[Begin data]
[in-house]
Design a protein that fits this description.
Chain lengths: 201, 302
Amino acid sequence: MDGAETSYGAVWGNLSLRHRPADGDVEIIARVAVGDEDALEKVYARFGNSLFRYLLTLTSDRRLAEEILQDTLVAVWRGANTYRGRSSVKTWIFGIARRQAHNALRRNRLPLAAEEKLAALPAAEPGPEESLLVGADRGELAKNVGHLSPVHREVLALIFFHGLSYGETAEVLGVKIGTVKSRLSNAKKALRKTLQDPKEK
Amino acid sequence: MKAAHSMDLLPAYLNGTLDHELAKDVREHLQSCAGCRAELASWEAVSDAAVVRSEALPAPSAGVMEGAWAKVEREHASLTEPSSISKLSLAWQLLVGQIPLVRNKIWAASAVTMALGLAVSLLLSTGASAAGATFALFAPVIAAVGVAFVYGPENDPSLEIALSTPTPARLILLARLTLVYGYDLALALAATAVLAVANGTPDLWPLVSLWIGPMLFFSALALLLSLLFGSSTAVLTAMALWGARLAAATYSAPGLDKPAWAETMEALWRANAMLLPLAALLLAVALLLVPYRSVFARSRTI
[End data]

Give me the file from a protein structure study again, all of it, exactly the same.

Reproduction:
[in-house]
Design a protein that fits this description.
Chain lengths: 201, 302
Amino acid sequence: MDGAETSYGAVWGNLSLRHRPADGDVEIIARVAVGDEDALEKVYARFGNSLFRYLLTLTSDRRLAEEILQDTLVAVWRGANTYRGRSSVKTWIFGIARRQAHNALRRNRLPLAAEEKLAALPAAEPGPEESLLVGADRGELAKNVGHLSPVHREVLALIFFHGLSYGETAEVLGVKIGTVKSRLSNAKKALRKTLQDPKEK
Amino acid sequence: MKAAHSMDLLPAYLNGTLDHELAKDVREHLQSCAGCRAELASWEAVSDAAVVRSEALPAPSAGVMEGAWAKVEREHASLTEPSSISKLSLAWQLLVGQIPLVRNKIWAASAVTMALGLAVSLLLSTGASAAGATFALFAPVIAAVGVAFVYGPENDPSLEIALSTPTPARLILLARLTLVYGYDLALALAATAVLAVANGTPDLWPLVSLWIGPMLFFSALALLLSLLFGSSTAVLTAMALWGARLAAATYSAPGLDKPAWAETMEALWRANAMLLPLAALLLAVALLLVPYRSVFARSRTI